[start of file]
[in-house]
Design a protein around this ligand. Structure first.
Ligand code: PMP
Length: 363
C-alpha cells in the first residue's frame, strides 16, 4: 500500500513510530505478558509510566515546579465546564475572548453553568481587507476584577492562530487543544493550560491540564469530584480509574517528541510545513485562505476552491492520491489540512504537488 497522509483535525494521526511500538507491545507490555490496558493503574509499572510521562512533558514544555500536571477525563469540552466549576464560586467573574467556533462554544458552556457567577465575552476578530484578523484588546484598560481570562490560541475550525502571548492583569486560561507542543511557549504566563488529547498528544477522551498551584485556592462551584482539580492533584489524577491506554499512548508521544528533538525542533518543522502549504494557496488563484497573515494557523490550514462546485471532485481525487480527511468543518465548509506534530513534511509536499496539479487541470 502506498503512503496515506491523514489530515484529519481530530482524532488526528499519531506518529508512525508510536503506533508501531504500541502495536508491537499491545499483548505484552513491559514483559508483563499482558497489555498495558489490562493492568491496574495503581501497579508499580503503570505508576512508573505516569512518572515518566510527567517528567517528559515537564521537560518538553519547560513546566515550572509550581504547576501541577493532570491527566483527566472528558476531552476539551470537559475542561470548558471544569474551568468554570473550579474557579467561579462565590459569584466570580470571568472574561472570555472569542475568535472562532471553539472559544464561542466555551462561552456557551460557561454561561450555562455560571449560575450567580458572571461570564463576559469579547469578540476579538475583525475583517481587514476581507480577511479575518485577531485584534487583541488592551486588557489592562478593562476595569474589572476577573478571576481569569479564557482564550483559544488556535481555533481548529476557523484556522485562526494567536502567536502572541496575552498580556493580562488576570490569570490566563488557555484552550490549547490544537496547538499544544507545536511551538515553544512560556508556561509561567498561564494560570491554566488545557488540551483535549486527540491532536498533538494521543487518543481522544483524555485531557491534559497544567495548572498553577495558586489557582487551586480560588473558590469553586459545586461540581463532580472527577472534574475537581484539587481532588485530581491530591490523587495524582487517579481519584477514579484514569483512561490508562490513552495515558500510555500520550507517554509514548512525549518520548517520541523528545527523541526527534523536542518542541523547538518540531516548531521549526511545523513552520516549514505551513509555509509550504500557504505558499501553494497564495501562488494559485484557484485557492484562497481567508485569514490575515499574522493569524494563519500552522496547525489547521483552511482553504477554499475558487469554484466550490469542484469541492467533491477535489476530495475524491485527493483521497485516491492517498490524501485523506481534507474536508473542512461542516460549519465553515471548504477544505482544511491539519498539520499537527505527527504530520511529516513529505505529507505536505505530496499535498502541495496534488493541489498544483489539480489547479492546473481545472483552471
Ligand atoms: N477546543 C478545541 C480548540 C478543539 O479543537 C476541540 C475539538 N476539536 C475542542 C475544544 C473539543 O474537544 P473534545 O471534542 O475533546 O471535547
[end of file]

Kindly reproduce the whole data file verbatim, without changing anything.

[in-house]
Design a protein around this ligand. Structure first.
Ligand code: PMP
Length: 363
C-alpha cells in the first residue's frame, strides 16, 4: 500500500513510530505478558509510566515546579465546564475572548453553568481587507476584577492562530487543544493550560491540564469530584480509574517528541510545513485562505476552491492520491489540512504537488 497522509483535525494521526511500538507491545507490555490496558493503574509499572510521562512533558514544555500536571477525563469540552466549576464560586467573574467556533462554544458552556457567577465575552476578530484578523484588546484598560481570562490560541475550525502571548492583569486560561507542543511557549504566563488529547498528544477522551498551584485556592462551584482539580492533584489524577491506554499512548508521544528533538525542533518543522502549504494557496488563484497573515494557523490550514462546485471532485481525487480527511468543518465548509506534530513534511509536499496539479487541470 502506498503512503496515506491523514489530515484529519481530530482524532488526528499519531506518529508512525508510536503506533508501531504500541502495536508491537499491545499483548505484552513491559514483559508483563499482558497489555498495558489490562493492568491496574495503581501497579508499580503503570505508576512508573505516569512518572515518566510527567517528567517528559515537564521537560518538553519547560513546566515550572509550581504547576501541577493532570491527566483527566472528558476531552476539551470537559475542561470548558471544569474551568468554570473550579474557579467561579462565590459569584466570580470571568472574561472570555472569542475568535472562532471553539472559544464561542466555551462561552456557551460557561454561561450555562455560571449560575450567580458572571461570564463576559469579547469578540476579538475583525475583517481587514476581507480577511479575518485577531485584534487583541488592551486588557489592562478593562476595569474589572476577573478571576481569569479564557482564550483559544488556535481555533481548529476557523484556522485562526494567536502567536502572541496575552498580556493580562488576570490569570490566563488557555484552550490549547490544537496547538499544544507545536511551538515553544512560556508556561509561567498561564494560570491554566488545557488540551483535549486527540491532536498533538494521543487518543481522544483524555485531557491534559497544567495548572498553577495558586489557582487551586480560588473558590469553586459545586461540581463532580472527577472534574475537581484539587481532588485530581491530591490523587495524582487517579481519584477514579484514569483512561490508562490513552495515558500510555500520550507517554509514548512525549518520548517520541523528545527523541526527534523536542518542541523547538518540531516548531521549526511545523513552520516549514505551513509555509509550504500557504505558499501553494497564495501562488494559485484557484485557492484562497481567508485569514490575515499574522493569524494563519500552522496547525489547521483552511482553504477554499475558487469554484466550490469542484469541492467533491477535489476530495475524491485527493483521497485516491492517498490524501485523506481534507474536508473542512461542516460549519465553515471548504477544505482544511491539519498539520499537527505527527504530520511529516513529505505529507505536505505530496499535498502541495496534488493541489498544483489539480489547479492546473481545472483552471
Ligand atoms: N477546543 C478545541 C480548540 C478543539 O479543537 C476541540 C475539538 N476539536 C475542542 C475544544 C473539543 O474537544 P473534545 O471534542 O475533546 O471535547